Print copies of the abstract and executive summary, NTIS accession no. PB2002-104710; 17 pp, $23.00 paper, $12.00 microfiche are available from NTIS.
Efficacy of Telemedicine Colposcopy. Daron G. Ferris, M.D., Medical College of Georgia, Augusta. AHRQ grant HS08814, project period 9/30/97-9/29/01.
The purpose of this study was to estimate the efficacy of telecolposcopy for rural health care sites. Women with an indication for colposcopy were examined by local colposcopists at one of two rural clinics, and the images were transmitted to a tertiary care center for interpretation by a distant expert colposcopist. Another colposcopist (site exert) in attendance at the rural site also examined the same subjects. Colposcopists independently determined the exam adequacy, colposcopic impression, biopsy intent and site, and management. Agreement between colposcopic impressions and cervical histology were assessed. Teleconsultation was required for 36.2 percent of examinations. A significantly lower percentage of satisfactory colposcopic exams were noted by the distant colposcopists (60 percent) compared with the other colposcopists. Colposcopic impression agreement with histology varied minimally, 59.7 percent for local colposcopists, 52.7 percent for site experts, and 55.7 percent for distant experts. The researchers conclude that telecolposcopy may help reduce barriers to medical access for women in rural areas.
Print copies of the abstract, executive summary, and final report, NTIS accession no. PB2002-104713; 62 pp, $27.00 paper, $12.00 microfiche are available from NTIS.
Ensuring Quality Cancer Care: Symposium. Charles L. Bennett, M.D., Ph.D., Northwestern University, Evanston, IL. AHRQ grant HS10933, project period 9/30/00-9/29/01.
The Robert H. Lurie Comprehensive Cancer Center of Northwestern University convened a cancer care symposium in November 2000. The objectives of the 1-day meeting were to discuss and define quality cancer care, identify methodologies for defining quality, describe those factors (particularly those related to culture and ethnicity) that impede access to quality cancer care, and instruct participants in the use of evidence-based oncology to improve cancer care outcomes.
Print copies of the abstract, executive summary, and final report of symposium, NTIS accession no. PB2002-104711; 10 pp, $23.00 paper, $12.00 microfiche are available from NTIS.
Health Care Privacy: Measuring Performance. Matthew K. Wynia, M.D., M.P.H., American Medical Association, Chicago, IL. AHRQ grant HS10928, project period 8/15/00-8/14/01.
The Ethical Force Program is a broad-based collaborative effort to develop and validate performance measures for ethics that will be useful throughout the health care system and serve as overall markers of health care quality. A primary domain for performance measure development in ethics is the protection of privacy and confidentiality in health care. This project involved an expert working conference on the development of measures to assess organizational privacy and confidentiality protections. The meeting was held November 14-15, 2001 in Washington, DC. Attendees worked on refining and/or developing workable performance measures and the creation of organization-specific toolkits for assessing ethics quality in four discrete types of organizations (hospitals, physician groups, health plans, and employer/purchasers). Plans were devised for field-testing the measures.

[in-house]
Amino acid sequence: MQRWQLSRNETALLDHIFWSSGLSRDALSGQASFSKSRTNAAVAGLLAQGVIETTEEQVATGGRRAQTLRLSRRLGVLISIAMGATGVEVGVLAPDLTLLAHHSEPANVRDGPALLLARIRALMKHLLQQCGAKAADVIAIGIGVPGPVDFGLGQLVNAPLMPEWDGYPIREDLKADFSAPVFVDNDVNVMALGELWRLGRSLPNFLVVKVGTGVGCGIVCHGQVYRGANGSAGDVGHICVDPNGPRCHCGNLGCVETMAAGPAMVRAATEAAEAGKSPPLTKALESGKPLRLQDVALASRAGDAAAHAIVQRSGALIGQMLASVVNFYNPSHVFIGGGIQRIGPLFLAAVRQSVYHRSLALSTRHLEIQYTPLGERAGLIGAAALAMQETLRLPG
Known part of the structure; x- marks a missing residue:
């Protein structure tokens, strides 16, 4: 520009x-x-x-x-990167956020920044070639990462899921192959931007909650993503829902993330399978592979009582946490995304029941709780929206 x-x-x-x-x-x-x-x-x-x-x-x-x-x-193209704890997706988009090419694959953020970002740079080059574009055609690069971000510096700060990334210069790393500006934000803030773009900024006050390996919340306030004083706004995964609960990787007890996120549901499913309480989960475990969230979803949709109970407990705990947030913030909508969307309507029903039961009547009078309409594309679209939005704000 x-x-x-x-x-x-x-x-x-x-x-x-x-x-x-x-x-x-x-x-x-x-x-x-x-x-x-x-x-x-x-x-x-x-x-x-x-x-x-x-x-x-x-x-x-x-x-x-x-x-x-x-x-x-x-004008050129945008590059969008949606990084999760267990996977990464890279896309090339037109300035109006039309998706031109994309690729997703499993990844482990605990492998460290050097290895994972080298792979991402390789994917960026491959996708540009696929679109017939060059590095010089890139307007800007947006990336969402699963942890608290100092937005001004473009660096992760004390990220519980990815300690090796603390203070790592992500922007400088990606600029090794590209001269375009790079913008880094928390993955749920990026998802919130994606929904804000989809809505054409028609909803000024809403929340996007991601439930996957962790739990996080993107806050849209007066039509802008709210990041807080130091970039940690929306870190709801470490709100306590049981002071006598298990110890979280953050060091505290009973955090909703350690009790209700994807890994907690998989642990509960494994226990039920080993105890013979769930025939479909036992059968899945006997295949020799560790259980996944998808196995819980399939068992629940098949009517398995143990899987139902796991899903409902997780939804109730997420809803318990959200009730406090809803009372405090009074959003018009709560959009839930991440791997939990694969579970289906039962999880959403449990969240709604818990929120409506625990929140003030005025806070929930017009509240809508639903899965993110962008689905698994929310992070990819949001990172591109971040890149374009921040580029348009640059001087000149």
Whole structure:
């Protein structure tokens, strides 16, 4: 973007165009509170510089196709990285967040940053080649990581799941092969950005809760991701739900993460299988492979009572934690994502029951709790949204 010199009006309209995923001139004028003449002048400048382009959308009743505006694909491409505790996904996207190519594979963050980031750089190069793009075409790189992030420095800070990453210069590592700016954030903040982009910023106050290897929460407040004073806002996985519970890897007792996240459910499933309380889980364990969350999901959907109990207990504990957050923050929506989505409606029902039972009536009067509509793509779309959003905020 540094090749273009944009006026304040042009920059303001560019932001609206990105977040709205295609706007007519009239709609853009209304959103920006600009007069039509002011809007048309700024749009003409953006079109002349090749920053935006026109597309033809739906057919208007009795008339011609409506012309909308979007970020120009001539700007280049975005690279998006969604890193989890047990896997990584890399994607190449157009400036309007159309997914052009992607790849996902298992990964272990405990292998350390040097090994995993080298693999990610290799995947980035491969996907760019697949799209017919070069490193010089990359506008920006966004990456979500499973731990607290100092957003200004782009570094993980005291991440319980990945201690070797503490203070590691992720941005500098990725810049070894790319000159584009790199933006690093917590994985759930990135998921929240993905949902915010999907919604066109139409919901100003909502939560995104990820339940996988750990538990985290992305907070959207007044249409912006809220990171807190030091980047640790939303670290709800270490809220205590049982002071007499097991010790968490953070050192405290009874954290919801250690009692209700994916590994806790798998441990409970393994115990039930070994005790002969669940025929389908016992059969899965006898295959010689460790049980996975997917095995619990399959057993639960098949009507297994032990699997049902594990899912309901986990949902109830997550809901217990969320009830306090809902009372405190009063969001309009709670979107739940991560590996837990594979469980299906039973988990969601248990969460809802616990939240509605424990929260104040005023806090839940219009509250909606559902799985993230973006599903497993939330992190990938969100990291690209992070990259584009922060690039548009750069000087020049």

Print copies of the abstract and executive summary, NTIS accession no. PB2002-104712; 12 pp, $23.00 paper, $12.00 microfiche are available from NTIS.
Improving Emergency Medical Services for Children Through Outcomes Research: An Interdisciplinary Approach. Ellen F. Crain, M.D., Ph.D., Ambulatory Pediatric
Association, McLean, VA. AHRQ grant HS10942, project period 1/1/01-12/31/01.
This project provided support for a conference focused on strategies to overcome barriers to research in pediatric emergency medicine. The goals were to review existing outcome measures, including their strengths and weaknesses and their applicability to pediatric emergency medicine; identify areas where new measures are needed; promote dialogue between health services researchers, representatives of Federal agencies, and pediatric emergency medicine investigators; and foster a new generation of pediatric emergency medicine researchers with improved understanding of health services research methodology.
Print copies of the abstract, executive summary, and final report, NTIS accession no. PB2002-106800; 34 pp, $25.50 paper, $12.00 microfiche are available from NTIS.
Primary Care Fellowship Evaluation. Diane Brannon, Ph.D., Pennsylvania State University, University Park, PA. AHRQ grant HS10714, project period 9/30/99-9/29/01.
The U.S. Public Health Service's (PHS) Health Resources Services Administration has conducted the Primary Care Policy Fellowship program annually since 1991. The goal of the fellowship is to enhance the capabilities of mid-career primary care academicians, researchers, administrators, and practitioners concerning primary care policy development, the legislative process, resource identification, and leadership skills. As of 1999, some 260 fellows had completed the program. These researchers evaluated the long term impact of the fellowship on participants' career activities and on the capabilities of the nominating organizations. Content analysis of annual evaluation reports, a survey of past fellows, and interviews with organizational stakeholders were conducted. Of the 48 percent of surveyed fellows responding, the large majority (83 percent) did cite specific ways in which the fellowship had influenced their careers. Organizational stakeholders also identified specific projects completed by fellows. Recommendations for improvement focused on broadening the impact at the nominating organization level.